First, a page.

In part three, the plot shifts in a big way. Where the book was previously content to take it’s time, suddenly every scene is filled with nail biting tension. You don’t know if the characters you’ve grown to love and spent all this time with will live, and if they do, how damaged they’ll come out on the other side.

This was a big point of contention for my friend the Captain @ The Captain’s Quarters (her review can be found here). It didn’t work for her and I completely understand why. The last third doesn’t feel like the rest of the book.

That being said- I didn’t mind the plot shift. I felt like the book had become very comfortable in part two and part three brought some much needed conflict to the story. I am also very accustomed to books like this so maybe I half expected it. Where I agree with her, is that the ending was mildly unsatisfying. I won’t spoil it, but I felt like it really could have used an epilogue to wrap it all up nicely.

My biggest complaint about the book is that the chapters are on average 30 pages in length (with some reaching up to 40 pages), which I know I’ve said before and I’ll certainly say again, makes me crazy. I want an opportunity to put the book down if I need it, and not in the middle of a chapter.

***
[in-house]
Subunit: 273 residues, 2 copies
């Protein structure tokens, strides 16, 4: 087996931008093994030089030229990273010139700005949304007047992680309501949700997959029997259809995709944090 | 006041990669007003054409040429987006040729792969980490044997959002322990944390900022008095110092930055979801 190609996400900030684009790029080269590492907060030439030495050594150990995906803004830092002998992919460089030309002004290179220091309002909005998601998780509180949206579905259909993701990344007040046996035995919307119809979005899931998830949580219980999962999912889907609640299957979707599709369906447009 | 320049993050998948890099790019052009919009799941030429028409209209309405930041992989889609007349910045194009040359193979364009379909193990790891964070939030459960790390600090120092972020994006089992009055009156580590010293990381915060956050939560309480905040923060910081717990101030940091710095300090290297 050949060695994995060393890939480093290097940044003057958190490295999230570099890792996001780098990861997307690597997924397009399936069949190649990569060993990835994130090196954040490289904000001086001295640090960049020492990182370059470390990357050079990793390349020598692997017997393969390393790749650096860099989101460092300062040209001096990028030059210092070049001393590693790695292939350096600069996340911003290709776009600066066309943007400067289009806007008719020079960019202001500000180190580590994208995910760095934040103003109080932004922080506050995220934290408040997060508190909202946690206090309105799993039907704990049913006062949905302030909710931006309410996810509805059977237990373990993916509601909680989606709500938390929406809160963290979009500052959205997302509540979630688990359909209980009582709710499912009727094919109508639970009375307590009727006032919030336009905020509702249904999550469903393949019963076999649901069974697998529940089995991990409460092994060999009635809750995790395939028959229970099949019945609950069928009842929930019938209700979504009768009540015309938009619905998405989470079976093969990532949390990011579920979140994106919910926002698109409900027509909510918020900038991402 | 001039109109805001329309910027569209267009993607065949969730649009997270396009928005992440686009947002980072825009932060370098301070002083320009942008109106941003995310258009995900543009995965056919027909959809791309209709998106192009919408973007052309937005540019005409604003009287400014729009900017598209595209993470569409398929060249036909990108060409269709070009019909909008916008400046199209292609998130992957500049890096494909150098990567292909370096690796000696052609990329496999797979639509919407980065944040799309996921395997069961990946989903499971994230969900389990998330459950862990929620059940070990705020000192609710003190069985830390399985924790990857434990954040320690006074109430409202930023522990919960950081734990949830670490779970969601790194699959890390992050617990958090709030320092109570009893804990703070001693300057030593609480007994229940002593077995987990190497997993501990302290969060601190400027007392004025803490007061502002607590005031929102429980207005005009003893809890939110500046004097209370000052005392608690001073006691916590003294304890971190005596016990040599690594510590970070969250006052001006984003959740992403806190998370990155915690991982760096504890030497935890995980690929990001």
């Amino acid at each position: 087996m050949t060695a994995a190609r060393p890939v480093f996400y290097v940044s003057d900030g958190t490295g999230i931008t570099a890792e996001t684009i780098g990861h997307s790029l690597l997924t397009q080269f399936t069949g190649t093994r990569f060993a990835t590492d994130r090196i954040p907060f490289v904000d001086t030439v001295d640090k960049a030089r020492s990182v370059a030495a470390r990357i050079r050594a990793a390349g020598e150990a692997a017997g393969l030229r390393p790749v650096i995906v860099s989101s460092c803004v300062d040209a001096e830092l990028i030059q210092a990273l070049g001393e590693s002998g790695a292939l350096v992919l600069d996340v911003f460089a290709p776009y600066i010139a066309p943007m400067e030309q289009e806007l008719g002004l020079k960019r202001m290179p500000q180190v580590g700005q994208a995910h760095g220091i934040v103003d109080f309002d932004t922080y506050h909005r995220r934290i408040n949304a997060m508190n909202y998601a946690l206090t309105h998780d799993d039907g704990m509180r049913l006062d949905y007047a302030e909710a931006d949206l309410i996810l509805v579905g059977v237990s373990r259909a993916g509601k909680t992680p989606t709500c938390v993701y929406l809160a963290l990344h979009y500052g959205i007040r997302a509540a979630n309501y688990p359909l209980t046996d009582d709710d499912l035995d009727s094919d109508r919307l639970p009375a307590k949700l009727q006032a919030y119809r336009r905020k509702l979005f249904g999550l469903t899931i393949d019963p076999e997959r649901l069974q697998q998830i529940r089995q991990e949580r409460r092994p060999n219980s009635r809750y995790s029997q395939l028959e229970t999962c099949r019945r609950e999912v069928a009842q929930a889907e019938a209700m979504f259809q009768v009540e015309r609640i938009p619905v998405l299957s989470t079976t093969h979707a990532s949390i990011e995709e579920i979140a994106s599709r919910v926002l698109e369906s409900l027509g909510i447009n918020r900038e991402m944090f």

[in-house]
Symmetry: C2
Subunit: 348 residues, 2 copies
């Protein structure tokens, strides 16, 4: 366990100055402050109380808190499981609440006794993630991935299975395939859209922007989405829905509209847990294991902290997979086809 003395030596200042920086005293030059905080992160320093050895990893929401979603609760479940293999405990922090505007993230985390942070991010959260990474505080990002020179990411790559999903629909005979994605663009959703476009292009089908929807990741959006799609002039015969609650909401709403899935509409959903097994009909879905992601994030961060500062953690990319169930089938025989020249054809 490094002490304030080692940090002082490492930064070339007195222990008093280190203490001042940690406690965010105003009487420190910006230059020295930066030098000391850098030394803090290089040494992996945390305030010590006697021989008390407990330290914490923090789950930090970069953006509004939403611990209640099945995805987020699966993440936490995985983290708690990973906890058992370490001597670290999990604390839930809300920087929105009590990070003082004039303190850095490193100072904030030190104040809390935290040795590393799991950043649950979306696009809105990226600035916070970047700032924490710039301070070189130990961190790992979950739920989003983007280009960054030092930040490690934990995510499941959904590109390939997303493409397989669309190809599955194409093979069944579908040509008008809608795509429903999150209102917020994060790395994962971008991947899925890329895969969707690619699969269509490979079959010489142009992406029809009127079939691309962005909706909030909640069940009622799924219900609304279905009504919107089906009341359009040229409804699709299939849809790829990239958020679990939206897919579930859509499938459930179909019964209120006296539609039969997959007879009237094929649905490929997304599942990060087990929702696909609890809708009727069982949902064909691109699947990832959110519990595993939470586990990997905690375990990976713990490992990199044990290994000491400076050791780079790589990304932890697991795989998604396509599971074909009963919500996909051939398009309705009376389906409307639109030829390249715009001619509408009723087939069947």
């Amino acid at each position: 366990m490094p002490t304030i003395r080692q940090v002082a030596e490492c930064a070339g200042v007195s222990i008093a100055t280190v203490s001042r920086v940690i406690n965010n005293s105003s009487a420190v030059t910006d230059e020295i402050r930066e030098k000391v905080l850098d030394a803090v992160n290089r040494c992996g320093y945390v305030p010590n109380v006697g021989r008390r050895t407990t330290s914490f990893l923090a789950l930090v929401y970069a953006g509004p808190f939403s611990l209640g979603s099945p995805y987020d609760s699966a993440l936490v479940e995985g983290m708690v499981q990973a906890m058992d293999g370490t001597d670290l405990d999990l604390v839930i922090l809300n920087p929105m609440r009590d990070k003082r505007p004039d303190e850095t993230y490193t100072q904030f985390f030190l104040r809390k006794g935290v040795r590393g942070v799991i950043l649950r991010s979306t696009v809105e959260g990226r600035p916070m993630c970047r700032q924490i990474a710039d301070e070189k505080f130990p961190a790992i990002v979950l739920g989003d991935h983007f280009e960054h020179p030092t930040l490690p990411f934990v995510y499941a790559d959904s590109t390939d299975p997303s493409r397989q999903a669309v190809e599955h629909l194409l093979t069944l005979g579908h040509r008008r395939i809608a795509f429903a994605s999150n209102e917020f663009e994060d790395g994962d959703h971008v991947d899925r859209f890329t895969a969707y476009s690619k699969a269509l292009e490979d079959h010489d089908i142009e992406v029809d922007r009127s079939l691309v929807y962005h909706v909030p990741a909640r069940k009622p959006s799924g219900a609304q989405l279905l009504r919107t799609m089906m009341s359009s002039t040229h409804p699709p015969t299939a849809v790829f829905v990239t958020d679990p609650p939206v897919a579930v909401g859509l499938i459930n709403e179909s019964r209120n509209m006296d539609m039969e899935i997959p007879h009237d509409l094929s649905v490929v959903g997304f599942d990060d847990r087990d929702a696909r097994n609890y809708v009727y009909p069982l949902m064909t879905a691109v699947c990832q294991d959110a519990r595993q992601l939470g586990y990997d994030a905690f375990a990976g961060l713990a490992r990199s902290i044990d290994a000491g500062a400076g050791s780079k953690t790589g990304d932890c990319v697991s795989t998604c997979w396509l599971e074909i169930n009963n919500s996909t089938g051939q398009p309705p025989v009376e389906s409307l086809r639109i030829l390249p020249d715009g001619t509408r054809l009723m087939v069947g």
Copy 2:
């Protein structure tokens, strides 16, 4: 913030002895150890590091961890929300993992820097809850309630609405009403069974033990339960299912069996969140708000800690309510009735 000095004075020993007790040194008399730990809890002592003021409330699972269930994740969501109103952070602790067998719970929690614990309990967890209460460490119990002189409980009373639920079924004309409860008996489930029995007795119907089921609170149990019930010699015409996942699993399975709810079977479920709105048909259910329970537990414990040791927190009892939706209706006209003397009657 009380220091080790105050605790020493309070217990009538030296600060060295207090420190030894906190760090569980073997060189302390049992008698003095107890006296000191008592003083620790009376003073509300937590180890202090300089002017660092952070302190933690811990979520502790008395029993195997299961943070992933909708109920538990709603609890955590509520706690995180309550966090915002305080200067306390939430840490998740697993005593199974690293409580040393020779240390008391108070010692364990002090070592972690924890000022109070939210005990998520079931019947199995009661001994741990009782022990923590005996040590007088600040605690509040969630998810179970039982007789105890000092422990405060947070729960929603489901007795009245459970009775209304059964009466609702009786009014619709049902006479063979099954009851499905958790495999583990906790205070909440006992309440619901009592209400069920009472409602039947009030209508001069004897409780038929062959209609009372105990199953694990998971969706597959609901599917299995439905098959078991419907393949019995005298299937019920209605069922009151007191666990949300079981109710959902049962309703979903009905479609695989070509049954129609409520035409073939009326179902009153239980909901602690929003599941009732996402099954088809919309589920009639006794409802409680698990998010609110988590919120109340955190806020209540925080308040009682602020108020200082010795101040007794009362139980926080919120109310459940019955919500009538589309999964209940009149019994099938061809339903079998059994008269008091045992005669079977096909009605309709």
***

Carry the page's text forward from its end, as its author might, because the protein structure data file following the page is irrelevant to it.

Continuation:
Overall I really loved this book and I’ll definitely be on the lookout for more from Simon Jimenez in the future. Thank you to the publisher for sending a review copy.
Profile Image for Anthony.
Author 4 books1,822 followers
September 15, 2020
This is a poetic, evocative, dreamlike, deeply imagined book. It’s hard to believe that it’s a first novel, considering how assured the sentence-to-sentence writing is, and how completely and convincingly Jimenez has created his far-future society. There are times when the pacing feels perhaps a bit too diffuse and languid, and one of the major plot twists in particular feels a bit unearned, but overall, I am deeply impressed by this novel, and I will avidly seek out whatever Jimenez does next.
Profile Image for Justine.
1,109 reviews301 followers
December 24, 2020
4.5 stars

A beautifully woven and well-crafted story about finding and defining identity, friendship, and family. It's about coming to terms with what love means, and what lengths you will go to defend it, or to redeem its loss.

The story is intensely character driven, exploring the interior lives of the players in great detail. Jimenez's debut novel shines with the polish and assurance of a writer comfortable with himself and his craft, delivering to the reader equal helpings of joy and sorrow, loneliness and fulfillment, the bitter and the sweet of human experience.